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1 July 2011 Thermophotonic lock-in imaging of early demineralized and carious lesions in human teeth
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As an extension of frequency-domain photothermal radiometry, a novel dental-imaging modality, thermophotonic lock-in imaging (TPLI), is introduced. This methodology uses photothermal wave principles and is capable of detecting early carious lesions and cracks on occlusal and approximal surfaces as well as early caries induced by artificial demineralizing solutions. The increased light scattering and absorption within early carious lesions increases the thermal-wave amplitude and shifts the thermal-wave centroid, producing contrast between the carious lesion and the intact enamel in both amplitude and phase images. Samples with artificial and natural occlusal and approximal caries were examined in this study. Thermophotonic effective detection depth is controlled by the modulation frequency according to the well-known concept of thermal diffusion length. TPLI phase images are emissivity normalized and therefore insensitive to the presence of stains. Amplitude images, on the other hand, provide integrated information from deeper enamel regions. It is concluded that the results of our noninvasive, noncontacting imaging methodology exhibit higher sensitivity to very early demineralization than dental radiographs and are in agreement with the destructive transverse microradiography mineral density profiles.



Since the early 1990s, a great deal of research has been focused on the introduction of new methods for detection of dental caries, especially in the early stages of progression. The significance of early caries detection lies in the fact that if dental caries are detected early enough, preventive action, such as fluoride therapy, can be used to arrest the lesion or even remineralize the demineralized area.1 In fact, the National Institutes of Health consensus statement published in 20032 has identified the development of reliable methods for detecting early carious lesions as one of the major areas in which more research is needed.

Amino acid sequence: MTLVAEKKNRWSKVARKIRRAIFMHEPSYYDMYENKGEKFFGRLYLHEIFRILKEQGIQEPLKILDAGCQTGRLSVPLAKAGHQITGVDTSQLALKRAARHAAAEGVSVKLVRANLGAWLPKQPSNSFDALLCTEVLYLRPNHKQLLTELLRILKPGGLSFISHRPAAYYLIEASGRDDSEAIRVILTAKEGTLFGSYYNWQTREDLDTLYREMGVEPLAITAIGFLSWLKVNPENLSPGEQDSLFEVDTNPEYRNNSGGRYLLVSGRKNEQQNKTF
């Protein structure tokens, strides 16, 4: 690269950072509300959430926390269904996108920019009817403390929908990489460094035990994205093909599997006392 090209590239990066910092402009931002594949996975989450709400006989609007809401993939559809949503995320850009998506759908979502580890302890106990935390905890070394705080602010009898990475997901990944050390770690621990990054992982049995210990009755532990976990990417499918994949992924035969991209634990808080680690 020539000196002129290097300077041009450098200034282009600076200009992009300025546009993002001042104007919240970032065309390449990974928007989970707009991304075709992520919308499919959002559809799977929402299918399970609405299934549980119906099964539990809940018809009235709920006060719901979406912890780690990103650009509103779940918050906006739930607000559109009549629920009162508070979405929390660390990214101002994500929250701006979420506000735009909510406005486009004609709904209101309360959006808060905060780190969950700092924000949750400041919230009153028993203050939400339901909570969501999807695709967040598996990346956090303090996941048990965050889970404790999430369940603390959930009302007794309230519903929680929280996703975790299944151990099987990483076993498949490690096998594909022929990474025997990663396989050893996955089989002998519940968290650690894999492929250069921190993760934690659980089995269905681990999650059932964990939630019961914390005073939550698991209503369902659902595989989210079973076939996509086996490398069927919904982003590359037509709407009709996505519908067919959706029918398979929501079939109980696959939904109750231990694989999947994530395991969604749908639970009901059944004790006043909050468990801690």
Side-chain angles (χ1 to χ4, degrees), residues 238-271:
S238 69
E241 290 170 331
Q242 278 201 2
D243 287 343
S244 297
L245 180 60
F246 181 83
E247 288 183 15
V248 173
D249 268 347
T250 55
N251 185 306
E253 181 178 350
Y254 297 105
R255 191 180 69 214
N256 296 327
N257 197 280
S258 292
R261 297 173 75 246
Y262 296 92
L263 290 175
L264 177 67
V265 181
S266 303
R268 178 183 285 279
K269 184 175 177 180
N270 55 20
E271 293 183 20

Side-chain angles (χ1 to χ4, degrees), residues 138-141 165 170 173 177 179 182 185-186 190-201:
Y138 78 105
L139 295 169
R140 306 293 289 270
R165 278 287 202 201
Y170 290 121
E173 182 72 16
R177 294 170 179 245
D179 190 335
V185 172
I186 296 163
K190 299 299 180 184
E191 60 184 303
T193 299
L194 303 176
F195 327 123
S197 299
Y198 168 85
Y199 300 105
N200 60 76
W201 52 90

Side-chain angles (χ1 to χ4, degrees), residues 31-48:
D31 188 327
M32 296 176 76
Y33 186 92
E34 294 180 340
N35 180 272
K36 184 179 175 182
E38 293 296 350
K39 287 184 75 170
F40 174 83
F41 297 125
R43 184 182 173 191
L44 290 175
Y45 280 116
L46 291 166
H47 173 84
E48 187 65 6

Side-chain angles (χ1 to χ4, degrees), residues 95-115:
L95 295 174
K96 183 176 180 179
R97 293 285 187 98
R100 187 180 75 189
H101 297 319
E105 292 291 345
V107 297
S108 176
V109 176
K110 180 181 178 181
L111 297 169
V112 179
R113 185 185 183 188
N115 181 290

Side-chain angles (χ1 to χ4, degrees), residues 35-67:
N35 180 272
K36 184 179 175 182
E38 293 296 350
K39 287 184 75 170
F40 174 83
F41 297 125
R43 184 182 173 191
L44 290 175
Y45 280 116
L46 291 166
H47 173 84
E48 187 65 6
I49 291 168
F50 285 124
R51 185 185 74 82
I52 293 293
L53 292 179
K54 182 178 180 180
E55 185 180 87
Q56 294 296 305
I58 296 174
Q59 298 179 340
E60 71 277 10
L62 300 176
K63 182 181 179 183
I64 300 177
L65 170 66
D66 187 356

Out of the methodologies suggested thus far, optical methods have shown great potential for caries detection. This is mostly due to the intrinsic contrast associated with these methods. Light is generally more scattered and absorbed within carious regions, thereby producing contrast between intact and demineralized regions. Perhaps, the earliest optical method used in dental diagnostics is the fiber-optic transillumination (FOTI) method which uses high intensity white light for detecting caries.3 However, due to the significant scattering of light in the visible spectrum, inconsistent results have been reported, mainly suggesting low sensitivity of the method.3 Light-to-fluorescence conversion methods are intrinsically more sensitive to the presence of dental caries than direct optical methods because they feature low background signals and enhanced dynamic range. Quantitative light-induced fluorescence (QLF) is one such method that is based on the decrease in fluorescence transmission due to increased scattering from demineralized spots. Fluorescence is caused by the excitation of fluorophores contained within the enamel-dentine junction using visible light. QLF is an imaging modality capable of detecting early carious lesions;4 however, the need for extensive operator training, detecting approximal caries, and the masking effects of surface stains are major challenges for this technique. DIAGNODent (DD) is another caries detection device based on fluorescence that uses red-light illumination to excite the bacterial porphyrins found in dental caries.5 The major downside of DD is the fact that it measures bacterial activity rather than structural changes in enamel. Moreover, DD is not an imaging device and cannot reliably detect enamel caries.6

Recently, promising results have been reported for detection of caries through near-infrared (NIR) transmission/reflectance methods. The method works on the same basis as FOTI but uses NIR light instead of visible light, resulting in a deeper penetration depth because the scattering and absorption in enamel is significantly reduced in the NIR region. Featherstone and Fried7 have repeatedly reported on the enhanced penetration depth of NIR radiation in teeth as well as the insensitivity of NIR radiation to surface stains and noncalcified plaque.8 In the recent work of Zakian,9 differential NIR reflectance has been used to quantify lesion severity. Although the extent of literature on NIR imaging is limited, it appears that NIR light is uniquely suited for dental inspection.